Group polled Iowans on Supreme Court retention vote (updated)

Leaders of the campaigns to oust Iowa Supreme Court justices in 2010 and 2012 have chosen not to engage in this year’s retention elections, which will decide whether the last three justices who participated in Iowa’s marriage equality ruling will stay on the bench.

However, the coalition formed to stop "extremists from hijacking Iowa’s courts" is taking no chances. Justice Not Politics commissioned a statewide poll last week to gauge voters’ attitudes toward Chief Justice Mark Cady and Justices Brent Appel and Daryl Hecht, as well as some issues related to controversial Iowa Supreme Court rulings.

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Key funder confirms no plans to go after Iowa Supreme Court justices

The National Organization for Marriage does not plan any "campaigning or intervention" in this year’s retention elections for three Iowa Supreme Court justices, Grant Rodgers reported for the Des Moines Register on September 5. The group was the largest single funder of the two previous anti-retention campaigns, contributing more than $635,000 to help oust three justices in 2010 and more than $148,000 to the unsuccessful effort to remove Justice David Wiggins two years later.

The last three justices involved in Iowa’s 2009 marriage equality ruling will be on the ballot this November: Chief Justice Mark Cady, author of the Varnum v Brien decision, and Justices Brent Appel and Daryl Hecht. National Organization for Marriage spokesperson Joe Grabowski told Rodgers, "There’s nothing planned at this time," adding that "We always keep our options open."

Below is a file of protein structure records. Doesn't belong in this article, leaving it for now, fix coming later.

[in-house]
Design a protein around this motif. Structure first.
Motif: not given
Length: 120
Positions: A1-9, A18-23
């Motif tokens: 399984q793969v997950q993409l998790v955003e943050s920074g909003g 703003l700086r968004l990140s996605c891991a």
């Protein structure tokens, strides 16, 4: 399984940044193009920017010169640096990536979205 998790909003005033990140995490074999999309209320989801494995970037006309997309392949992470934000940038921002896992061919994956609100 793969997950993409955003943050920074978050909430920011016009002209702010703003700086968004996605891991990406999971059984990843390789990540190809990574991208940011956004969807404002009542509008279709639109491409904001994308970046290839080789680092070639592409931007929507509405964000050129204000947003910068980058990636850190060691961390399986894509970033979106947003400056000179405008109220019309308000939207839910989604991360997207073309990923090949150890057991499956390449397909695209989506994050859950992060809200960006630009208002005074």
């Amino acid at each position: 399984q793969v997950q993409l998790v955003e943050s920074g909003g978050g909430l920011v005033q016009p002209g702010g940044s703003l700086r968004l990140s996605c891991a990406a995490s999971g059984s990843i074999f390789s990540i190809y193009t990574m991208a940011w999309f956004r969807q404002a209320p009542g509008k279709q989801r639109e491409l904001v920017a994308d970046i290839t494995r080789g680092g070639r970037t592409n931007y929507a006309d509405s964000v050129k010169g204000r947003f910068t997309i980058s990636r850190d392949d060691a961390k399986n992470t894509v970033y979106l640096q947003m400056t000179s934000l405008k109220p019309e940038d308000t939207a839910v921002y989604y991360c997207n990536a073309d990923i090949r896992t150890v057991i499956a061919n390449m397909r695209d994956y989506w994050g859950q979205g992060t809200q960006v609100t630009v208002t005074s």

Those options are fading fast, with early voting set to begin in Iowa on Thursday, September 29. The previous two anti-retention campaigns, led by social conservative activist Bob Vander Plaats, were well underway by the end of August 2010 and 2012. As Bleeding Heartland discussed here, Vander Plaats and his allies have not signaled any plan to go after the Iowa Supreme Court justices. It’s a remarkable admission of weakness on their part, but also a rational decision. Convincing voters to remove justices over same-sex marriage (now allowed in all 50 states) would be a tall order, especially in a presidential election year, which brings out hundreds of thousands more voters than a typical midterm election.

This year’s high-profile voting rights case could have provided fodder for an anti-retention campaign, but that scenario failed to materialize when Cady joined three other justices to uphold Iowa’s current broad lifetime ban on voting by most people convicted of felonies.

Rodgers discussed another possible peg for a campaign against Cady, Appel, and Hecht: all joined a 4-3 decision (authored by Appel), which held that "juvenile offenders may not be sentenced to life without the possibility of parole under article I, section 17 of the Iowa Constitution." You can read the majority opinion, concurring opinions, and dissents in Iowa v. Sweet here. The majority ruling drew heavily on a 2012 U.S. Supreme Court decision, which invalidated mandatory life without parole sentences for juveniles, and several 2013 Iowa Supreme Court cases related to juvenile sentencing. Cady, Appel, and Hecht were all part of the majority in those 2013 cases.